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It was the first day of the Online Business Builder international marketing conference, and I was the second speaker in line. While the other guest speakers had average public speaking experiences of five years each, my presence at the event was a culmination of three days of non-stop practice.
“Forget the crowd – they are not even here” winked Todd, the seasoned professional speaker ahead of me. As much as I wanted to believe him, I couldn’t ignore the butterflies in my stomach. It was hard to fathom savvy entrepreneurs from around the globe had paid $4,000 to gather in a huge ballroom in Miami to learn and draw inspiration from speakers like me.
I was raised in the small town of Haridwar or the ‘Holy City’ in Northern India. My father was a mechanical engineer and my mother a homemaker. While on the outside we appeared to be a traditional Indian family, the truth is we were far from it. Our house was always a constant buzz of innovation and creativity, which sparked my intellectual creativity and fueled in me a deep love for learning. At 12 years old, I created a windmill power plant model using recycled material, which brought me special recognition from the school headmaster during my school’s ‘Annual Day’ celebrations. At 16, on my father’s encouragement, I created a miniature AutoCAD software in MS-DOS to solve an engineering problem he was facing in his career. This invention later earned me the second prize at a national IEEE software competition. My smallest victories at school inevitably became celebrations at home; the trophies I earned growing up are still the most precious possessions my parents claim to have. Their personal sacrifices and tireless efforts in raising my brother and I inspired me to work hard from a young age and seek a better future for my family.
Outside of the rigors of my academic life, I spent countless summer holidays with my industrialist uncles and cousins, gaining first-hand experience in helping them run a wide range of businesses spanning pharmacies in rural areas to auto dealerships and power plant factories. My exposure to the thrill of running an enterprise and the pride associated with providing others with a livelihood instilled in me an early passion for entrepreneurship. I seized every opportunity possible to get involved with local businesses by participating in internships, part-time jobs, fundraisers and marketing campaigns to feed my curiosity for the world of business.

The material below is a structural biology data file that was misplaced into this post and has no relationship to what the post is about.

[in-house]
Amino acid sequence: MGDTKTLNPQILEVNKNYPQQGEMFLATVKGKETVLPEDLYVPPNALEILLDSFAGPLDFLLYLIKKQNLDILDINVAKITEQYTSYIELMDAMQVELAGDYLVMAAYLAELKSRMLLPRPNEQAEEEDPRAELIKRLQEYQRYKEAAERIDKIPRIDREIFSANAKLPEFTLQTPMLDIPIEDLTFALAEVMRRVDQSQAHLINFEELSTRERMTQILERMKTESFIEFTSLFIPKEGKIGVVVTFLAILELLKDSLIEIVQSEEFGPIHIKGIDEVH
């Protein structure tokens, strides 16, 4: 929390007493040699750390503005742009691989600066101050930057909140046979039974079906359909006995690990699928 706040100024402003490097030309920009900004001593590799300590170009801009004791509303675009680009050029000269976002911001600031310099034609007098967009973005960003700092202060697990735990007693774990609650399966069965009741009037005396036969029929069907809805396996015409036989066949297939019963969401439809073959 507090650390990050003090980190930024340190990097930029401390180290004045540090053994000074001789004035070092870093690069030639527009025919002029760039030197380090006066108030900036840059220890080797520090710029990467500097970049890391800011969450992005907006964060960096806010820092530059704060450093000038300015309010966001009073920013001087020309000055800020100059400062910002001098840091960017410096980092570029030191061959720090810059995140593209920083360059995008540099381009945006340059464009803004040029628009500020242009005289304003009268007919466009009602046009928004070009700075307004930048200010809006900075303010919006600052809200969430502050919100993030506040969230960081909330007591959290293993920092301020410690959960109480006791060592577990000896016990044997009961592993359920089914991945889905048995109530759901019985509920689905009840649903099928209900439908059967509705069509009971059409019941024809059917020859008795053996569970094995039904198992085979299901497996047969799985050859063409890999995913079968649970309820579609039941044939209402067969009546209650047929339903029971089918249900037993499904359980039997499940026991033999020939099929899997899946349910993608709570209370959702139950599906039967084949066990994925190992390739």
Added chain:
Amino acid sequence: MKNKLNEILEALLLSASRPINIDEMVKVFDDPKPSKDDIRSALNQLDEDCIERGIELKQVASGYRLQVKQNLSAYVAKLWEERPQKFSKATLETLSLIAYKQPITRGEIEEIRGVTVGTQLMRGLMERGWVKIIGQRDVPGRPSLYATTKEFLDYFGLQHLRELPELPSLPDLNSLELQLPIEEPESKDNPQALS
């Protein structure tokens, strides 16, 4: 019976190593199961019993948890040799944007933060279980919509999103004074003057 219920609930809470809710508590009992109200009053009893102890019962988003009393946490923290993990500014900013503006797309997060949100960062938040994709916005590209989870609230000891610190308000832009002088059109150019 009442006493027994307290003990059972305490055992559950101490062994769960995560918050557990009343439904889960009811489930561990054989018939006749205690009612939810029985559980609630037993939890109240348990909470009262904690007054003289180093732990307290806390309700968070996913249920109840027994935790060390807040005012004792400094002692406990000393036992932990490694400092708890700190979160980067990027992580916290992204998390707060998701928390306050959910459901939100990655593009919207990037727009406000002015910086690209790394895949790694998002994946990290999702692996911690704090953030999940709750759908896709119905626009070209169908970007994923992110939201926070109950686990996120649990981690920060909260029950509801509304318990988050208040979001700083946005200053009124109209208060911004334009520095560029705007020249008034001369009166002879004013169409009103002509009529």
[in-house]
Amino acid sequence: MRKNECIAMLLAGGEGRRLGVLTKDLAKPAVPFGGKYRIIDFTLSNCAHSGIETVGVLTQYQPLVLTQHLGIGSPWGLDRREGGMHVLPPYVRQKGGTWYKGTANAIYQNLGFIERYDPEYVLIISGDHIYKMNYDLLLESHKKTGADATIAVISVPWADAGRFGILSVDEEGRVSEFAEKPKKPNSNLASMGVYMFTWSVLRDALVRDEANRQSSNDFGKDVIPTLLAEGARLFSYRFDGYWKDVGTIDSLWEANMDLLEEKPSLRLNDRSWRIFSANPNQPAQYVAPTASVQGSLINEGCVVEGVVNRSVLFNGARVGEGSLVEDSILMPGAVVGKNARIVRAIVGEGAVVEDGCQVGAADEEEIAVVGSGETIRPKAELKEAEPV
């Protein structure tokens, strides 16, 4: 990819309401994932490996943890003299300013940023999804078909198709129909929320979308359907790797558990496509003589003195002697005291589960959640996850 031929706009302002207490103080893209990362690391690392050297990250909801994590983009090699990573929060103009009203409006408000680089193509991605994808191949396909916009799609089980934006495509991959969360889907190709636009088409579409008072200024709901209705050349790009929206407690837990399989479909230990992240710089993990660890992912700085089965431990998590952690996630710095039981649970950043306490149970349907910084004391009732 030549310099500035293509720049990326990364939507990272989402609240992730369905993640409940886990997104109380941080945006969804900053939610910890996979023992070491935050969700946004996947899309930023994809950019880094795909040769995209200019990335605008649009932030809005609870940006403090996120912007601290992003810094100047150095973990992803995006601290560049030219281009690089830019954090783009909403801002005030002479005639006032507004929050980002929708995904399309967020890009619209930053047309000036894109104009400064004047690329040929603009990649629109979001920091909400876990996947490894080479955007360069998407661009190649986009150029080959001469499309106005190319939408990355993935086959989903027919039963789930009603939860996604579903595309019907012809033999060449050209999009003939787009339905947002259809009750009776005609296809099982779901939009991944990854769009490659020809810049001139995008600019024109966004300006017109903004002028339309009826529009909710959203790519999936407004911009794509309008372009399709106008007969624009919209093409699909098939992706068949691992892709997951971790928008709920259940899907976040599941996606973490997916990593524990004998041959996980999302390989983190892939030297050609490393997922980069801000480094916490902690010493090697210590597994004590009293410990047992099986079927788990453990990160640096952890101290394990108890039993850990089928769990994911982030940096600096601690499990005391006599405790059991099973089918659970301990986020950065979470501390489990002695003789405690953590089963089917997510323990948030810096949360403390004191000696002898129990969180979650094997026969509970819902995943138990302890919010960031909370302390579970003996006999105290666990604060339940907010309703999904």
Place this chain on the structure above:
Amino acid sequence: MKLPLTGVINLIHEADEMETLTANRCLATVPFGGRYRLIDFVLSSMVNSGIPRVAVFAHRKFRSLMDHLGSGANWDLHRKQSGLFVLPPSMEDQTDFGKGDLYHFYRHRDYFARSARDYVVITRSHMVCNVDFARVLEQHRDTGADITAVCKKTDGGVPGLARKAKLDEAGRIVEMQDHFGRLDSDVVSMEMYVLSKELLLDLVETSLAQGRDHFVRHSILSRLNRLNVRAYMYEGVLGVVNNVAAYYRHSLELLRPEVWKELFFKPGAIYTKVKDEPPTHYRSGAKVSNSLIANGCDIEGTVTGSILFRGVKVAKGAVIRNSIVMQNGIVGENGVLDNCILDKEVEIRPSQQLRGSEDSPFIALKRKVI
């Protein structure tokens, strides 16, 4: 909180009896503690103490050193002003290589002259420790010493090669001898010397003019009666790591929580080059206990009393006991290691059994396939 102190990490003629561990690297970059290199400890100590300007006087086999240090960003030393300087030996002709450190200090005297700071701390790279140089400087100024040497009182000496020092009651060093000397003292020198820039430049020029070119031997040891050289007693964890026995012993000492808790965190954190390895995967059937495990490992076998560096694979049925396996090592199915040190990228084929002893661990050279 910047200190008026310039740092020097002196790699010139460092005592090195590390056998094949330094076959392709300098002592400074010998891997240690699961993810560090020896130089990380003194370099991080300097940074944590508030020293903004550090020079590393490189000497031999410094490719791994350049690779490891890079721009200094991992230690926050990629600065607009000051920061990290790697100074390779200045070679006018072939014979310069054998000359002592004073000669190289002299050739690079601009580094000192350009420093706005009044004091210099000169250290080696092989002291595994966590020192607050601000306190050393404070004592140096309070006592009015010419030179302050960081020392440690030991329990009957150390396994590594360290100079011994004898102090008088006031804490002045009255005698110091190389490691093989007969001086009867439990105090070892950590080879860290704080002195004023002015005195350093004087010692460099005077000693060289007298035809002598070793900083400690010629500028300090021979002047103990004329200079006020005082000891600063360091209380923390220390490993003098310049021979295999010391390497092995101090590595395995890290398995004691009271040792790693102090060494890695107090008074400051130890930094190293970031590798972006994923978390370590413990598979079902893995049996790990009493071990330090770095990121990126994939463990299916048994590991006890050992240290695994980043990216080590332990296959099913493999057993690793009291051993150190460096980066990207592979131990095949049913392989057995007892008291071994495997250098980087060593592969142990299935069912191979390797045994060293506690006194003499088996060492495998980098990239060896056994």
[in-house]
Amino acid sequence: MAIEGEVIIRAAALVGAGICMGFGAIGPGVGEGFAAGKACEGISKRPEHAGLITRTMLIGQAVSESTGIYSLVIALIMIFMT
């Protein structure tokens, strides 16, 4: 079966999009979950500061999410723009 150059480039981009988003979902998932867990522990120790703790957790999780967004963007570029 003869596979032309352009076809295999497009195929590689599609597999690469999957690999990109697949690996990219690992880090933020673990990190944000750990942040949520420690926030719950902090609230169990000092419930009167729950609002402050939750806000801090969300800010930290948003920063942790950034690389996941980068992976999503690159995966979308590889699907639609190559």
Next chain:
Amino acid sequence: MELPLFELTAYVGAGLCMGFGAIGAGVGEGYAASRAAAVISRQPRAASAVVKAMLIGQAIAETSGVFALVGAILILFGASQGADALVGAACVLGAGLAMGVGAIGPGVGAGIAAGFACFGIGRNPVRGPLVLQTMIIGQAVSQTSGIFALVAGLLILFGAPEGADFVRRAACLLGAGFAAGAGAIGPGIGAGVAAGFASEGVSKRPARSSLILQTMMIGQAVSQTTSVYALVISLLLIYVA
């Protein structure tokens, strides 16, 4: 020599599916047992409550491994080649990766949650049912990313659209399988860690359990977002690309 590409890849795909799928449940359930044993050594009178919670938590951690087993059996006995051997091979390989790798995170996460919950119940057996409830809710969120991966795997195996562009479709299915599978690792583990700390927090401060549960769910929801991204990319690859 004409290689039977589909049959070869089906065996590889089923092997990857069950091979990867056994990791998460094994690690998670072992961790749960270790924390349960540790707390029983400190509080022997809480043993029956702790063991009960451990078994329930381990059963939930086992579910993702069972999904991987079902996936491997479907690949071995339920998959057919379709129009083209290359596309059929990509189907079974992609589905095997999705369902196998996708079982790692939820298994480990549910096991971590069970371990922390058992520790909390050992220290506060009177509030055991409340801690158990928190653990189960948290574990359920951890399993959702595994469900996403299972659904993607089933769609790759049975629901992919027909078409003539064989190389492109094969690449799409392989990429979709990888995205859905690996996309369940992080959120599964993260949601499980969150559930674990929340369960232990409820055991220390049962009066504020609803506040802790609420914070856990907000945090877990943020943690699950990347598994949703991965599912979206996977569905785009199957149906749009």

I also spent my summers attending national camps aimed at building leadership skills, which helped me circumvent the many opportunities for self-doubt that most of my teenager peers grappled with, and I became a trusted confidante to many. In high school, I was elected to be a “house captain” to more than 250 fellow students and chief editor of my school’s magazine. These early leadership positions helped me realize my gift for building relationships and coaching others – two key components of my current endeavor.
My academic and extra-curricular accolades landed me a spot at one of India’s premier engineering schools, where I pursued my Bachelors in Electrical Engineering. Being my first time away from home, this experience presented me with an opportunity to develop my own sense of independence and resilience. Graduating at the top 5% of my class, I joined India’s largest software company.
Despite having a coveted job along with a top-class education to back me up, I constantly yearned for a better life and future for myself and my family that I was increasingly finding difficult to attain in India. My interest in innovation and research earned me a scholarship to the University of Colorado, Boulder where I pursued a Masters in Electrical Engineering.
Upon graduating from the program, I accepted a coveted engineering position at Seagate, where I spent the first and final 5 years of my Corporate America career, before branching out to pursue my long-standing passion for starting and running my own company. I still remember the day when I walked away from my life as an employee, and the mixed feelings of joy for my new found freedom on the one hand, and fear of the unknown territory that lay ahead of me, on the other.
The past three years as an entrepreneur have been a transformational journey for me. During these years, two of the greatest challenges I have had to overcome have been learning to single-handedly run multiple aspects of my two start-ups, and secondly, structuring each day by putting maximum time and effort in the highest leveraged activities to deliver fast and measurable results for my clients. During this time, I have attended over 36 international business and marketing conferences and interacted with over 300 entrepreneurs from 18 different countries. The vast education I have received from existing business leaders has helped me set a strong foundation for my two start-ups, both of which are highly successful today.
The most fulfilling part of this journey has been the tangible impact I have been able to have on the lives of my clients, students and employees. I have found tremendous personal satisfaction in having created 23 jobs in the US / India and having personally coached dozens of emerging entrepreneurs around the globe. My life as an entrepreneur has also afforded me the opportunity to pursue my long-time interest of world travel, allowing me to spend precious time with my cherished family.
As I stepped on to stage to a clapping audience, I opened my presentation with the following quote by Robert Frost. “Two roads diverged in a wood, and I took the road less travelled by. And that has made all the difference.” As I look back at my life, I realize that while my transition from a small town in India to the US is not uncommon, the story of my journey from humble roots in Haridwar to a successful career as an entrepreneur in the U.S. is a source of inspiration to those who know me.